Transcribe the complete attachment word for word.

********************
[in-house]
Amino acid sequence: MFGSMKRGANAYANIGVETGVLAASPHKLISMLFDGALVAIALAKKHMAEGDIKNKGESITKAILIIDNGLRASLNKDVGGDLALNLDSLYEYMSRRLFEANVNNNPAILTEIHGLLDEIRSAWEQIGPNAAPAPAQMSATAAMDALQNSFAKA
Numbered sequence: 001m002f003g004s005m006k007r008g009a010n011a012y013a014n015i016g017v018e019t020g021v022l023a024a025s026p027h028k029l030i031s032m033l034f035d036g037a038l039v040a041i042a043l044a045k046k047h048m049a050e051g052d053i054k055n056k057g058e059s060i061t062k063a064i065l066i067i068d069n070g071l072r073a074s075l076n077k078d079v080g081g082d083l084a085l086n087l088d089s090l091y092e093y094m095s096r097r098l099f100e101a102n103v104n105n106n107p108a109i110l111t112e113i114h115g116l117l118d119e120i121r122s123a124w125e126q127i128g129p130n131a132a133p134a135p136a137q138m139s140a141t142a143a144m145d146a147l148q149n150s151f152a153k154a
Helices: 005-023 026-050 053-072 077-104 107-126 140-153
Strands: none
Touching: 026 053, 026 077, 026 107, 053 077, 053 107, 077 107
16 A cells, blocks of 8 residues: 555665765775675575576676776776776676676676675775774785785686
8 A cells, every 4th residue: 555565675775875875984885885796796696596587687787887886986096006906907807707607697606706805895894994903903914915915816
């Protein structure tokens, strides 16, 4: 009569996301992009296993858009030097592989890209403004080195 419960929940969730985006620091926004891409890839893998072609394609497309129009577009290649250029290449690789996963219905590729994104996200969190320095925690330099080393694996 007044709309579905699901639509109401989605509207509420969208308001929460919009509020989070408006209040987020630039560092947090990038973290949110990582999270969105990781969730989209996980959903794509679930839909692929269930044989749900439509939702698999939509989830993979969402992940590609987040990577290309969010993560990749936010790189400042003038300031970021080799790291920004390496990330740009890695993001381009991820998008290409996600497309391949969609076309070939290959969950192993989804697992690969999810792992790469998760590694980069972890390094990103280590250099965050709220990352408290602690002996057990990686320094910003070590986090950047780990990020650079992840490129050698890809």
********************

[in-house]
Amino acid sequence: MFGSMKRGANAYANIGVETGVLAASPHKLISMLFDGALVAIALAKKHMAEGDIKNKGESITKAILIIDNGLRASLNKDVGGDLALNLDSLYEYMSRRLFEANVNNNPAILTEIHGLLDEIRSAWEQIGPNAAPAPAQMSATAAMDALQNSFAKA
Numbered sequence: 001m002f003g004s005m006k007r008g009a010n011a012y013a014n015i016g017v018e019t020g021v022l023a024a025s026p027h028k029l030i031s032m033l034f035d036g037a038l039v040a041i042a043l044a045k046k047h048m049a050e051g052d053i054k055n056k057g058e059s060i061t062k063a064i065l066i067i068d069n070g071l072r073a074s075l076n077k078d079v080g081g082d083l084a085l086n087l088d089s090l091y092e093y094m095s096r097r098l099f100e101a102n103v104n105n106n107p108a109i110l111t112e113i114h115g116l117l118d119e120i121r122s123a124w125e126q127i128g129p130n131a132a133p134a135p136a137q138m139s140a141t142a143a144m145d146a147l148q149n150s151f152a153k154a
Helices: 005-023 026-050 053-072 077-104 107-126 140-153
Strands: none
Touching: 026 053, 026 077, 026 107, 053 077, 053 107, 077 107
16 A cells, blocks of 8 residues: 555665765775675575576676776776776676676676675775774785785686
8 A cells, every 4th residue: 555565675775875875984885885796796696596587687787887886986096006906907807707607697606706805895894994903903914915915816
């Protein structure tokens, strides 16, 4: 009569996301992009296993858009030097592989890209403004080195 419960929940969730985006620091926004891409890839893998072609394609497309129009577009290649250029290449690789996963219905590729994104996200969190320095925690330099080393694996 007044709309579905699901639509109401989605509207509420969208308001929460919009509020989070408006209040987020630039560092947090990038973290949110990582999270969105990781969730989209996980959903794509679930839909692929269930044989749900439509939702698999939509989830993979969402992940590609987040990577290309969010993560990749936010790189400042003038300031970021080799790291920004390496990330740009890695993001381009991820998008290409996600497309391949969609076309070939290959969950192993989804697992690969999810792992790469998760590694980069972890390094990103280590250099965050709220990352408290602690002996057990990686320094910003070590986090950047780990990020650079992840490129050698890809």